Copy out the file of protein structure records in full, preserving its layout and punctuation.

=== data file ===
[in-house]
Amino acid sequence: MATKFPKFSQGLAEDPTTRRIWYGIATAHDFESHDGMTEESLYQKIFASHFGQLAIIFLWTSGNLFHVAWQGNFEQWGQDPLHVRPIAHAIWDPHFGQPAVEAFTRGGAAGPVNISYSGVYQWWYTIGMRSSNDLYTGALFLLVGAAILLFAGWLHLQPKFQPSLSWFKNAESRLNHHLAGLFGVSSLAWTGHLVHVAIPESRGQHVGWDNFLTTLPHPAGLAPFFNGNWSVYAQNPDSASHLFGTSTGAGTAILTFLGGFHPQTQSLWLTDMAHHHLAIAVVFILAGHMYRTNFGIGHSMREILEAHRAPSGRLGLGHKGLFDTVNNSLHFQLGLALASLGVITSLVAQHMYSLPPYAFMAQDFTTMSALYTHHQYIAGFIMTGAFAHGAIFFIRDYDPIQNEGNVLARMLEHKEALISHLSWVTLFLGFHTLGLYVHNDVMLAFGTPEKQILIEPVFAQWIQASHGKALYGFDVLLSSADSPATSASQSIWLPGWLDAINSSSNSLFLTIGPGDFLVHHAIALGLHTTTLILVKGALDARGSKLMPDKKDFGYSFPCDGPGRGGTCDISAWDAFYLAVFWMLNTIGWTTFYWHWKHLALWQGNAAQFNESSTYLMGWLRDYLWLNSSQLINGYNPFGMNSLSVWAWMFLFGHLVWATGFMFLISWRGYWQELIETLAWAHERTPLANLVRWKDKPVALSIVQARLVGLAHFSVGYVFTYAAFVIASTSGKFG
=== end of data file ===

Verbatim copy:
[in-house]
Amino acid sequence: MATKFPKFSQGLAEDPTTRRIWYGIATAHDFESHDGMTEESLYQKIFASHFGQLAIIFLWTSGNLFHVAWQGNFEQWGQDPLHVRPIAHAIWDPHFGQPAVEAFTRGGAAGPVNISYSGVYQWWYTIGMRSSNDLYTGALFLLVGAAILLFAGWLHLQPKFQPSLSWFKNAESRLNHHLAGLFGVSSLAWTGHLVHVAIPESRGQHVGWDNFLTTLPHPAGLAPFFNGNWSVYAQNPDSASHLFGTSTGAGTAILTFLGGFHPQTQSLWLTDMAHHHLAIAVVFILAGHMYRTNFGIGHSMREILEAHRAPSGRLGLGHKGLFDTVNNSLHFQLGLALASLGVITSLVAQHMYSLPPYAFMAQDFTTMSALYTHHQYIAGFIMTGAFAHGAIFFIRDYDPIQNEGNVLARMLEHKEALISHLSWVTLFLGFHTLGLYVHNDVMLAFGTPEKQILIEPVFAQWIQASHGKALYGFDVLLSSADSPATSASQSIWLPGWLDAINSSSNSLFLTIGPGDFLVHHAIALGLHTTTLILVKGALDARGSKLMPDKKDFGYSFPCDGPGRGGTCDISAWDAFYLAVFWMLNTIGWTTFYWHWKHLALWQGNAAQFNESSTYLMGWLRDYLWLNSSQLINGYNPFGMNSLSVWAWMFLFGHLVWATGFMFLISWRGYWQELIETLAWAHERTPLANLVRWKDKPVALSIVQARLVGLAHFSVGYVFTYAAFVIASTSGKFG